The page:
Scholarly analyses have illuminated the foundational logic that commonly reduces the impact of traditional regulatory strategies. One large body of research provides detailed studies of the systematic and regular processes through which "iron triangles" of corporate and other pressures hedge in and co-opt regulatory systems - allowing just enough re-form to buy off critics without seriously challenging basic corporate priorities. Quite regularly, political scientist Marver Bernstein observes, "faced with the organized opposition ... a commission finds its survival as a regulating body dependent heavily on its facility in reaching a modus operandi with the regulated groups."
Nobel laureate George Stigler demonstrated early on that regulation often is actually sought by leading firms in an industry as a way to maintain dominance. Even when it is thrust upon the industry, regulation commonly "is designed and operated primarily for its benefit." The result is what another respected conservative, James Q. Wilson, calls "a government of cartels and clients." (Ralph Nader characterizes the same implicit collusion as "corporate socialism, a condition of federal statecraft wherein public agencies control much of the private economy on behalf of a designated corporate clientele.")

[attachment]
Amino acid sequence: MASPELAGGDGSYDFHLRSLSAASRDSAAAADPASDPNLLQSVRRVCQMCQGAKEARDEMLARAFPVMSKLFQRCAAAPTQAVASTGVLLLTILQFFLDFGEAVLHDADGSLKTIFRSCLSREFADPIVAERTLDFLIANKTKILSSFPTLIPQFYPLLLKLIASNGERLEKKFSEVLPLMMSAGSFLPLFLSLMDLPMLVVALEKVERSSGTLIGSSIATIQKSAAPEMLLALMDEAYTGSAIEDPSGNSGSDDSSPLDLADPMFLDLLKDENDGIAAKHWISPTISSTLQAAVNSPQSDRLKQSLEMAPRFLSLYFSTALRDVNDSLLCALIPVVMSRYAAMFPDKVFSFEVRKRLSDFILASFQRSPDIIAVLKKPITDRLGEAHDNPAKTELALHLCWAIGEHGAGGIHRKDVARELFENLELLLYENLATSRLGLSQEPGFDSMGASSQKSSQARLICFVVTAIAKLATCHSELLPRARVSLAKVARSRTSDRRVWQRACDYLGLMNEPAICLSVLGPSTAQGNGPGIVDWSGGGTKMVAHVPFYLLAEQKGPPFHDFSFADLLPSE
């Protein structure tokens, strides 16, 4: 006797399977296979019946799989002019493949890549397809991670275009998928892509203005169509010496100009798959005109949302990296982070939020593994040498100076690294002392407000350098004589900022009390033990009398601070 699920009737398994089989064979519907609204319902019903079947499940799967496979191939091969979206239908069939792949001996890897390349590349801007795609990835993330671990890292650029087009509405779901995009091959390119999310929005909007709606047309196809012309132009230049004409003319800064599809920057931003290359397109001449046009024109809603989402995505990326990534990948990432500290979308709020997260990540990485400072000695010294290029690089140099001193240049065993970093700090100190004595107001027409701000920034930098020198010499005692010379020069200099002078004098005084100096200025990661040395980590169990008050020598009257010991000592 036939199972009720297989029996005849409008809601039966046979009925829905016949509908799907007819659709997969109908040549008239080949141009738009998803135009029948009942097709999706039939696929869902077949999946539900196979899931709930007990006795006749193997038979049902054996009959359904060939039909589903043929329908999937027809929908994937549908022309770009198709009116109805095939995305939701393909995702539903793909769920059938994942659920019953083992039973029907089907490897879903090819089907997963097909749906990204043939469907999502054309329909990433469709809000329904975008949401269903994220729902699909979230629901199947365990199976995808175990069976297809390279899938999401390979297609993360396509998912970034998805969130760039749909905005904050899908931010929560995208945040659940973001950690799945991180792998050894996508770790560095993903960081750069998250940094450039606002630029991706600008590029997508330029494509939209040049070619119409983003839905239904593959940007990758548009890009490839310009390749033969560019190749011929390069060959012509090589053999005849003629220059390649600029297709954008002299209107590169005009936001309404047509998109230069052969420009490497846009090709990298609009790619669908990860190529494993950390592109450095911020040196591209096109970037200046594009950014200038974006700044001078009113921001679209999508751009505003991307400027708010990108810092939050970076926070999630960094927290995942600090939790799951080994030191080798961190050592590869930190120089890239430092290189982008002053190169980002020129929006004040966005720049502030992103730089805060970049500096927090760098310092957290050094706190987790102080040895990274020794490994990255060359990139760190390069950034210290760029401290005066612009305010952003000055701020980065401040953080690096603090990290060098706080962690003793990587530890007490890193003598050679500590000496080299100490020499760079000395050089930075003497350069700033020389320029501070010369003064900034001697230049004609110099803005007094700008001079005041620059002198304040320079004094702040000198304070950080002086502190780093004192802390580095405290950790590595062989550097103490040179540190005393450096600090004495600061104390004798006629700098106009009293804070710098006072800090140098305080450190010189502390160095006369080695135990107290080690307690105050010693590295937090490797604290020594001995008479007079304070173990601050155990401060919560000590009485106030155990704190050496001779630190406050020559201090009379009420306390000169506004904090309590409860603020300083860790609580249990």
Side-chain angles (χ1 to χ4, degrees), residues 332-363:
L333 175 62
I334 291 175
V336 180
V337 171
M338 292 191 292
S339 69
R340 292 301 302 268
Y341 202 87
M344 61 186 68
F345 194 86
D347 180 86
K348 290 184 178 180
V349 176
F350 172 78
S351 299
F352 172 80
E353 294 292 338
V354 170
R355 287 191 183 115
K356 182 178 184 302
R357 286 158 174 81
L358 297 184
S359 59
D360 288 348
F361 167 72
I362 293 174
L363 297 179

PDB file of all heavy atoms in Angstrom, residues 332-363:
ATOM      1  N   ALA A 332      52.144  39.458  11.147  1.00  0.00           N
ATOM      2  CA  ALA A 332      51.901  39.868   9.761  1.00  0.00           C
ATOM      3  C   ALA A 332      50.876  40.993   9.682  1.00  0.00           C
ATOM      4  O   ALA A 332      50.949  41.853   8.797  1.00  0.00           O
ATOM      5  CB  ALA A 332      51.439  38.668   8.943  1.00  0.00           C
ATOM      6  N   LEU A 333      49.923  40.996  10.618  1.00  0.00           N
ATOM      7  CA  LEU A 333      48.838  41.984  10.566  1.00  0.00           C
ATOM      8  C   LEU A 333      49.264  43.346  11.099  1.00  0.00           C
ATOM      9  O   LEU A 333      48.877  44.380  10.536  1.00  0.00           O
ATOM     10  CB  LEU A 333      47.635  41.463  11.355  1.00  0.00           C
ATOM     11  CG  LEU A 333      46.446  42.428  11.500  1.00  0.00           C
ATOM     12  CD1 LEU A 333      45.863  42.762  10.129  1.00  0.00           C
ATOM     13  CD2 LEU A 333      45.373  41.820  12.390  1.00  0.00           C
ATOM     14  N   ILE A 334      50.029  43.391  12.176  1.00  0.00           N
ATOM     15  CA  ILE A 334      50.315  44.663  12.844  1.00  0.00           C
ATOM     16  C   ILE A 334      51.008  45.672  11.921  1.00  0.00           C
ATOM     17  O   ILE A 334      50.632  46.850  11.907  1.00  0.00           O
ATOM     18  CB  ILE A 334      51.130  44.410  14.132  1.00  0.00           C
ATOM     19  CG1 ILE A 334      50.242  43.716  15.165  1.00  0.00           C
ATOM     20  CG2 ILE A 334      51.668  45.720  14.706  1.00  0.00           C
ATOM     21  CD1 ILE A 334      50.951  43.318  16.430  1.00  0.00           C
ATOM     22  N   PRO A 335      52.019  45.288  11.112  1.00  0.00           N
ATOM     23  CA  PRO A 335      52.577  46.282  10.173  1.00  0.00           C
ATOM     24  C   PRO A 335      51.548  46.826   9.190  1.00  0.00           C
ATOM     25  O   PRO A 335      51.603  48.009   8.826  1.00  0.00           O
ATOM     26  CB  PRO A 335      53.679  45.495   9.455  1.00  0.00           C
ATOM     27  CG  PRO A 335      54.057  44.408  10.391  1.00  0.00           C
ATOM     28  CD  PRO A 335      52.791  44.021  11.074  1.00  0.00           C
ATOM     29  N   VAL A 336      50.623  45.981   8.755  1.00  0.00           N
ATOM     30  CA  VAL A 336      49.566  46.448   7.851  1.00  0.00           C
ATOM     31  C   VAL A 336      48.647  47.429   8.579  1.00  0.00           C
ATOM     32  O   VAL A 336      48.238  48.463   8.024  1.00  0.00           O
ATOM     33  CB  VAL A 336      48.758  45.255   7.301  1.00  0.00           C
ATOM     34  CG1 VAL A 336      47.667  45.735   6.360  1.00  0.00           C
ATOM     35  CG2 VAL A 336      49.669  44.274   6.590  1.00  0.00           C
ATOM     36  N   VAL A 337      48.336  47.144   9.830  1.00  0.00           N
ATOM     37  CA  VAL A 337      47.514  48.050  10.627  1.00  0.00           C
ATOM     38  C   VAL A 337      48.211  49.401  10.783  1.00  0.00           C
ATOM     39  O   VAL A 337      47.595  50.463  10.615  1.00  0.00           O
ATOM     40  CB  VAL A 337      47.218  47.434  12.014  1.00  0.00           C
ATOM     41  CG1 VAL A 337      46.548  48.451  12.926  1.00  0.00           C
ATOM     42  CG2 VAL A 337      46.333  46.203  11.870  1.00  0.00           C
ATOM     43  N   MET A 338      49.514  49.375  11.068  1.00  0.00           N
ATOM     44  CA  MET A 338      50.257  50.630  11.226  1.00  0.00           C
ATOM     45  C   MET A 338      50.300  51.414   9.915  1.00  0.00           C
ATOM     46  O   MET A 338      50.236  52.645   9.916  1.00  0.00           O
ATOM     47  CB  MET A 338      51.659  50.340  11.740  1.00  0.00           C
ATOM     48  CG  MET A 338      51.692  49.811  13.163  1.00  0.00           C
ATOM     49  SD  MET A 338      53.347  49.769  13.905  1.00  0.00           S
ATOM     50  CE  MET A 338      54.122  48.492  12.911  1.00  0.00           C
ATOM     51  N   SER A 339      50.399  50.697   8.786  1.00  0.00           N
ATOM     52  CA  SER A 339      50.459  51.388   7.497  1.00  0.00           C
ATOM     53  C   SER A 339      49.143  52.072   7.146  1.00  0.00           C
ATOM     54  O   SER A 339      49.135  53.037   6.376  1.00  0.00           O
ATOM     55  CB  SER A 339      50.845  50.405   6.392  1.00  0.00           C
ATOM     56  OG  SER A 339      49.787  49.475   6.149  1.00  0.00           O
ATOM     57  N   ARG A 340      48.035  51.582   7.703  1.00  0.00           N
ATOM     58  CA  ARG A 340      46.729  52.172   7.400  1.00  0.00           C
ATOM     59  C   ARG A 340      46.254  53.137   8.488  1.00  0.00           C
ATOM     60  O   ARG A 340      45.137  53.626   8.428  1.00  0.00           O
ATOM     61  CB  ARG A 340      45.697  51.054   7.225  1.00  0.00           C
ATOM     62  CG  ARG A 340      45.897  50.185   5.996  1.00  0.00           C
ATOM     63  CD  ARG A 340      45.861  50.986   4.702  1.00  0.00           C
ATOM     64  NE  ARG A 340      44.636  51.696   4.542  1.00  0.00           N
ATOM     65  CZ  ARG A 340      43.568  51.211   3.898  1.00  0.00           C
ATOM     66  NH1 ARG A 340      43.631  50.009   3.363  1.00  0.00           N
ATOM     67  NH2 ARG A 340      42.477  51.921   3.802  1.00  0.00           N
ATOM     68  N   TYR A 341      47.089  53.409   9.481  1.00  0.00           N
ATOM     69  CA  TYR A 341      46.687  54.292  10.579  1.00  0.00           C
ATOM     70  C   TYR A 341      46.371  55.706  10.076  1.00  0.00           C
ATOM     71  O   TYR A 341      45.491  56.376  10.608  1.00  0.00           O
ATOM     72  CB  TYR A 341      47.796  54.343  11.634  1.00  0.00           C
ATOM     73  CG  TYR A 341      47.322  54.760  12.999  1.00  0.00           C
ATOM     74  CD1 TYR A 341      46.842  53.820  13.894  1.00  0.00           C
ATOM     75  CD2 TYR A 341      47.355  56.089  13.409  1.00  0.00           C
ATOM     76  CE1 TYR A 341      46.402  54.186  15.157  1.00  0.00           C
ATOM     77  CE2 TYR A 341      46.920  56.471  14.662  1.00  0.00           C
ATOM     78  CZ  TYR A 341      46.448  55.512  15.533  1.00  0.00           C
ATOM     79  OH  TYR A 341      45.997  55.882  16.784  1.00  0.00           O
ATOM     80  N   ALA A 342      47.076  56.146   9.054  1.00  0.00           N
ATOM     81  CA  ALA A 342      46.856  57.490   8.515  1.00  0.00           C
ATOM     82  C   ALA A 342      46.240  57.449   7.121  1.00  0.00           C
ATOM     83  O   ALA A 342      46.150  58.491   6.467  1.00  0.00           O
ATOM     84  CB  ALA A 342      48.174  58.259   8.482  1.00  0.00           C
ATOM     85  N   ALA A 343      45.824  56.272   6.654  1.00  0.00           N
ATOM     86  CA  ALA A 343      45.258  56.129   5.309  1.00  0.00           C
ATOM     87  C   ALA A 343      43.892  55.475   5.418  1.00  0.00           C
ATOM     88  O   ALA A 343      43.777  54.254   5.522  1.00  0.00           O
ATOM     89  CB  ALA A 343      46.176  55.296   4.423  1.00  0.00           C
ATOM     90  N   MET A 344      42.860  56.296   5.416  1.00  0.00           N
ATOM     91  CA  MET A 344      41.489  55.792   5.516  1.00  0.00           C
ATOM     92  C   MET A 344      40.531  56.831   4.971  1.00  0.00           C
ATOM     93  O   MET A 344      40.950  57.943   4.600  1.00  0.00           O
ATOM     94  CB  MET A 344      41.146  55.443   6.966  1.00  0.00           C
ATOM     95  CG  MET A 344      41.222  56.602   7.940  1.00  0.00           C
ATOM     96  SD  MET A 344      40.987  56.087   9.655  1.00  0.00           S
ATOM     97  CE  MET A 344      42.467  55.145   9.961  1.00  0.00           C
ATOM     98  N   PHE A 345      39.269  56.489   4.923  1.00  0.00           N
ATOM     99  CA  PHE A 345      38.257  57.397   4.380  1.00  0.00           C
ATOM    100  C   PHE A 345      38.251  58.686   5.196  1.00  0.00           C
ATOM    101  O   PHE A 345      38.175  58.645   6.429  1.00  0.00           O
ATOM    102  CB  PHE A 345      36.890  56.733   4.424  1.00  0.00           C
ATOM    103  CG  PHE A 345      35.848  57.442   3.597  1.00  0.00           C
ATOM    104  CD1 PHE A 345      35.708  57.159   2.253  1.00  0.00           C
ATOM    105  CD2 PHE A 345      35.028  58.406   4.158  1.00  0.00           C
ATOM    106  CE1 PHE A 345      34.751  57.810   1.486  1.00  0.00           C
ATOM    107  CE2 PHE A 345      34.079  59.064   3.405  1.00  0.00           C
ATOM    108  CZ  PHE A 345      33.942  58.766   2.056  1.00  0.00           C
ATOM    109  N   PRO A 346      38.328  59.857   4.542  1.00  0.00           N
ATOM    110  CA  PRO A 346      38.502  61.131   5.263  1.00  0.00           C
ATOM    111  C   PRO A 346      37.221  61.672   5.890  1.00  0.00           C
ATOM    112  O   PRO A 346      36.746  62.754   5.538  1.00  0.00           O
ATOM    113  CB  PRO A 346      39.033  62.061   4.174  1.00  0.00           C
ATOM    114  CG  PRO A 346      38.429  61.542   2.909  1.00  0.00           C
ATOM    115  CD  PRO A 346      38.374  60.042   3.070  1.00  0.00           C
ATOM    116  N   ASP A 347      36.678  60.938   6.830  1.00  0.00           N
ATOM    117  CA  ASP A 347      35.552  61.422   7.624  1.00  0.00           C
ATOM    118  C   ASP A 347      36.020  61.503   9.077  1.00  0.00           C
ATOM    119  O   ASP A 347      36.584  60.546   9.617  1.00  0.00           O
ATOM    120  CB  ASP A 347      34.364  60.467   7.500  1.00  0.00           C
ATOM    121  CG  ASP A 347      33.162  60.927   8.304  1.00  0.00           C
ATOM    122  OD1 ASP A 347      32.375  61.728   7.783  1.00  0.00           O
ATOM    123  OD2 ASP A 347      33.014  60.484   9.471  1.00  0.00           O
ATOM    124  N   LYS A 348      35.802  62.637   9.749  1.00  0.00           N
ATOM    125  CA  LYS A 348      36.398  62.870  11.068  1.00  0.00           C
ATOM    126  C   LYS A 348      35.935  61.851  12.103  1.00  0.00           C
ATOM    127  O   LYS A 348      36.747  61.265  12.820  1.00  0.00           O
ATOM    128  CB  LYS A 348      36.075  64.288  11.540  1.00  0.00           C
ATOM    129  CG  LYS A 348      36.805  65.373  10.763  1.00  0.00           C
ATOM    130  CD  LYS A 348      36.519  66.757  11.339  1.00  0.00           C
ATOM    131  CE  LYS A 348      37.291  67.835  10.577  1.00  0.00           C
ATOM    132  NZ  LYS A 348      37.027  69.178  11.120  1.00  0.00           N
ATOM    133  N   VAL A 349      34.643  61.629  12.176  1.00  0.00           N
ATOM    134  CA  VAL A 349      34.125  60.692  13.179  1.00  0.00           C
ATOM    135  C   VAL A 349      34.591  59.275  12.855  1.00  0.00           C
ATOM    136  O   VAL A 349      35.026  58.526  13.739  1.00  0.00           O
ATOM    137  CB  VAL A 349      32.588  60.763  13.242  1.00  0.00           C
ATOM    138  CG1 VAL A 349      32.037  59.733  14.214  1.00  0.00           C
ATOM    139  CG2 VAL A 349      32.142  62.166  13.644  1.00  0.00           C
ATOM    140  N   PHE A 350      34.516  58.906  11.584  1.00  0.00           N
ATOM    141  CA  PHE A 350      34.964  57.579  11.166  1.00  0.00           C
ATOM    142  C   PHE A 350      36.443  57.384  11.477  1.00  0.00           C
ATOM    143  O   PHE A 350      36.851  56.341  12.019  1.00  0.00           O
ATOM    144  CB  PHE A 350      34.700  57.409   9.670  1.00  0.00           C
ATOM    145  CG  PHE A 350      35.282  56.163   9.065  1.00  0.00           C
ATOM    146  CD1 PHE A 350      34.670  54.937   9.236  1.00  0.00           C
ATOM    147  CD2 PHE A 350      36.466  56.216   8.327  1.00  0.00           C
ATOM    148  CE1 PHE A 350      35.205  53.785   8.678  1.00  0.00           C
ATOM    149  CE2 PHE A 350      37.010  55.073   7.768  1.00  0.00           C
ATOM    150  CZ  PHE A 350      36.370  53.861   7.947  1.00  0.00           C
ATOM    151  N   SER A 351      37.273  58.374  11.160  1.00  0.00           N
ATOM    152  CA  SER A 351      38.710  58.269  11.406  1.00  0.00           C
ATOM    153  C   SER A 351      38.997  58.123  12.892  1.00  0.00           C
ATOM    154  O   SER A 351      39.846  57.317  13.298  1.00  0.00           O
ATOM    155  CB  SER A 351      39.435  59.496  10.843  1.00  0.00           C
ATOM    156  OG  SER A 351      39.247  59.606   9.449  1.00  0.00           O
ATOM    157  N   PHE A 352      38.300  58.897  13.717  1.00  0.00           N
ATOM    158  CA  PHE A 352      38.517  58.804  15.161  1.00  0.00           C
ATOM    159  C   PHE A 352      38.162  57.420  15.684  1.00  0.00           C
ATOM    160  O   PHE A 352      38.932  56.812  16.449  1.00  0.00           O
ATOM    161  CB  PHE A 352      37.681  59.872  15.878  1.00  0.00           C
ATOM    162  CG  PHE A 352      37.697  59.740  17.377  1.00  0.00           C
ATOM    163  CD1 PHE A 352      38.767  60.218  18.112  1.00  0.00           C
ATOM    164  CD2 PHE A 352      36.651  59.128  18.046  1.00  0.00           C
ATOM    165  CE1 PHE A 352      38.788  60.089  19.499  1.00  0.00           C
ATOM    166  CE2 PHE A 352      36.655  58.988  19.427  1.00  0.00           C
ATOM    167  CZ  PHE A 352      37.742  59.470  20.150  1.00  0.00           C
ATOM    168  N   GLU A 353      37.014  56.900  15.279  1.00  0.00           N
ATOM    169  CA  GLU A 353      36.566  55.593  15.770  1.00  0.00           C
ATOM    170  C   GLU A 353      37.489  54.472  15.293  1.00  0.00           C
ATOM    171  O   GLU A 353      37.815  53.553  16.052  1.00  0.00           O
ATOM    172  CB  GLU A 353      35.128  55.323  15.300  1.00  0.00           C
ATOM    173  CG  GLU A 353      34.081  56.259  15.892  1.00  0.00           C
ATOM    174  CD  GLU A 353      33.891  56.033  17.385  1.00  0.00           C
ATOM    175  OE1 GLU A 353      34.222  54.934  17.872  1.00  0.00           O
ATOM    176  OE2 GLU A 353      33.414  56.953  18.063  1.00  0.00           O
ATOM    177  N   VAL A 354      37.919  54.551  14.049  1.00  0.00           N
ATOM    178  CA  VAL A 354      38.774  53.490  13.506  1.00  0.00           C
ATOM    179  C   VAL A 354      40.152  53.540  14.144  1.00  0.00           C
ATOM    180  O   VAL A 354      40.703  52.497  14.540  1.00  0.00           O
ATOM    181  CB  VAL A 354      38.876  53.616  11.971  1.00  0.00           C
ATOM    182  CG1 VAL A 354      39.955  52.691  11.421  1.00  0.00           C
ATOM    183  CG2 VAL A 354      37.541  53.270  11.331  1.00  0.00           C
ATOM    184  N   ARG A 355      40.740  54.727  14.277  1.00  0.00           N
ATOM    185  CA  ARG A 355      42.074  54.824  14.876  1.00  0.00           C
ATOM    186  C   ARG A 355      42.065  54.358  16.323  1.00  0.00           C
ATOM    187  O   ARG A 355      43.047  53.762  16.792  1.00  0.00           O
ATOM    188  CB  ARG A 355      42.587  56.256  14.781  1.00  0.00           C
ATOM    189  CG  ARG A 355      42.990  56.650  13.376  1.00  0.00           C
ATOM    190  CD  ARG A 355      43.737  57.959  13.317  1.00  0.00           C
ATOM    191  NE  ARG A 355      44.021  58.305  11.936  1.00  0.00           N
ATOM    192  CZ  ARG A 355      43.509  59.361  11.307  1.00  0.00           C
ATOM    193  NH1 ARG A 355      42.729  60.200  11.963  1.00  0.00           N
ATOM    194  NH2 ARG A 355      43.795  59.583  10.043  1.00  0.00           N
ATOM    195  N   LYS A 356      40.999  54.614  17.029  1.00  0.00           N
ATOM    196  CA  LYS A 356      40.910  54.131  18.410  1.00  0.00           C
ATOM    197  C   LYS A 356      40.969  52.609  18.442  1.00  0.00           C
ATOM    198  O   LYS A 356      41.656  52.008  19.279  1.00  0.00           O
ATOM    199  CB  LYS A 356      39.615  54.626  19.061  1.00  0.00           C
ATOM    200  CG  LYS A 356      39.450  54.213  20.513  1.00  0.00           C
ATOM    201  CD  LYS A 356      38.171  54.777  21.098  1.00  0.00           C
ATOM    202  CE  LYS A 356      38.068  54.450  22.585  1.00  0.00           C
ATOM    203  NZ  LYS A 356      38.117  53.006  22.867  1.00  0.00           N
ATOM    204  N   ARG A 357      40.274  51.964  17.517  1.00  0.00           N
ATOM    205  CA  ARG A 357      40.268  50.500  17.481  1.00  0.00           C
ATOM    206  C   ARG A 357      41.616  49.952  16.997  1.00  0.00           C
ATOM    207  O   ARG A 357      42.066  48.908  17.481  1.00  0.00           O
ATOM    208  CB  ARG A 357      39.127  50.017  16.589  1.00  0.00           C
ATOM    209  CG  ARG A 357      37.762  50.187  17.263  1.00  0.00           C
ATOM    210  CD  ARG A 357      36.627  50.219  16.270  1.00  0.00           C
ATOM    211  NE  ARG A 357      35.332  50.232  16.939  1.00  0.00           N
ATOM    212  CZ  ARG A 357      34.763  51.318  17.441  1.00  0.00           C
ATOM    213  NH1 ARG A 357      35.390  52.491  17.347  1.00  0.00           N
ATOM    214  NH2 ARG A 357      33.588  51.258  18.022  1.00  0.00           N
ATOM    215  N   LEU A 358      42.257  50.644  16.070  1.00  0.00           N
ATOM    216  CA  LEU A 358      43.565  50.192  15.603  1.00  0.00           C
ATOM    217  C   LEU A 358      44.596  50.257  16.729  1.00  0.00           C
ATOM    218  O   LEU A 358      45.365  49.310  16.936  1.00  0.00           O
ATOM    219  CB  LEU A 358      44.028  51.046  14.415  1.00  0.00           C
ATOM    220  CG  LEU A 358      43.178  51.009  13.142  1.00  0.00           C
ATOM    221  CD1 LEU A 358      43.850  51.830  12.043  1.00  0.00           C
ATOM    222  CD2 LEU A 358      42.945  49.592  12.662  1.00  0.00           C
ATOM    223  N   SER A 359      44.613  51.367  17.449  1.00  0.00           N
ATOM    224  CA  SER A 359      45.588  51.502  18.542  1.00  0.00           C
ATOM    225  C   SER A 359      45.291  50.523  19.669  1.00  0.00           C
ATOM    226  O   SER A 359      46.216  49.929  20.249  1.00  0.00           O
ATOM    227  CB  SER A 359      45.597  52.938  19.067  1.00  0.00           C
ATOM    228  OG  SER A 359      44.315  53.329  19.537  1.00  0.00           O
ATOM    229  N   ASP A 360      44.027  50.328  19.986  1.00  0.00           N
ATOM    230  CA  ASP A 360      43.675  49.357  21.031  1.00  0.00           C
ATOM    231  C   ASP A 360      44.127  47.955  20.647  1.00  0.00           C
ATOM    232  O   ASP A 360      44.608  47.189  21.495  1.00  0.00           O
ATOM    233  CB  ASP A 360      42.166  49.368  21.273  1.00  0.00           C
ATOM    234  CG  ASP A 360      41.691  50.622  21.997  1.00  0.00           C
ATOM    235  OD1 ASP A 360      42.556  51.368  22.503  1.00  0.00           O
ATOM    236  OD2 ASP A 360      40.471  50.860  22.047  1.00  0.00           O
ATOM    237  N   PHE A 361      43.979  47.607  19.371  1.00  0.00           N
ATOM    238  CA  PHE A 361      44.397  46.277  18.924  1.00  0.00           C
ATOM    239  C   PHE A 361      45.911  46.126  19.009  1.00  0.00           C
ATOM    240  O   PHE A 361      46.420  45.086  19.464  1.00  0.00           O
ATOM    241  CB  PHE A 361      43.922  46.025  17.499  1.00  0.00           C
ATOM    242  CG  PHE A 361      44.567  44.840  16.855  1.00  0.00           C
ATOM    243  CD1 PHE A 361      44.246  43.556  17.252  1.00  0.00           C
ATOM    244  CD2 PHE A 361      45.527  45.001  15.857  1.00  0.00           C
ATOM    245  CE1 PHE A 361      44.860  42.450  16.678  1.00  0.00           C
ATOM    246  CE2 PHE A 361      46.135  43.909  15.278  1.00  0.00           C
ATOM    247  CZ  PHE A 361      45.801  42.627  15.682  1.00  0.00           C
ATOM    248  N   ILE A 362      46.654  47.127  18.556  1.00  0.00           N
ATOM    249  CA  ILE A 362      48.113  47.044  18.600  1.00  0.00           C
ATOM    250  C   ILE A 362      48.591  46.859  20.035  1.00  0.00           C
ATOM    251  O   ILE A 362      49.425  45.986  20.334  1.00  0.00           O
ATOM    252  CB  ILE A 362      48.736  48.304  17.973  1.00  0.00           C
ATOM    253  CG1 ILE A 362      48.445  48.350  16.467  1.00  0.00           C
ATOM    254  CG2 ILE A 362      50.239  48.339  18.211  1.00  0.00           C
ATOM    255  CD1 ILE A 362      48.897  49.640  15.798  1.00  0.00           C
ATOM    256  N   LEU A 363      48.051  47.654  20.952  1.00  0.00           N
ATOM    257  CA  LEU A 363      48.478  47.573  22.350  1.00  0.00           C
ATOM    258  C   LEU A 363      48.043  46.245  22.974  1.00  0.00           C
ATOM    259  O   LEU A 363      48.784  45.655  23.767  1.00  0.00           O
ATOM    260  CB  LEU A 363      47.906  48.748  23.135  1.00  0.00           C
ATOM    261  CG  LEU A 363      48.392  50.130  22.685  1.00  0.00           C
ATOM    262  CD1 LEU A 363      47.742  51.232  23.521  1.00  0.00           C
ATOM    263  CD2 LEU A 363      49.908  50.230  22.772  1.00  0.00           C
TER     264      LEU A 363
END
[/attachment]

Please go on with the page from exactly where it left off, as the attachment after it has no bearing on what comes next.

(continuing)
As the comments of conservatives like Stigler and Wilson suggest, these are not simply liberal or academic concerns. We have noted the experience of William Simon, Richard Nixon's secretary of the Treasury - and his "incredulity as businessmen ran to the government in every crisis, whining for handouts or protection." David Stockman, the architect of the so-called Reagan Revolution, came to the conclusion that the political power of "strong clients" like Boeing, Lockheed, General Electric, and Westinghouse was simply overwhelming. They "know how to make themselves heard. The problem is, unorganized groups can't play in this game."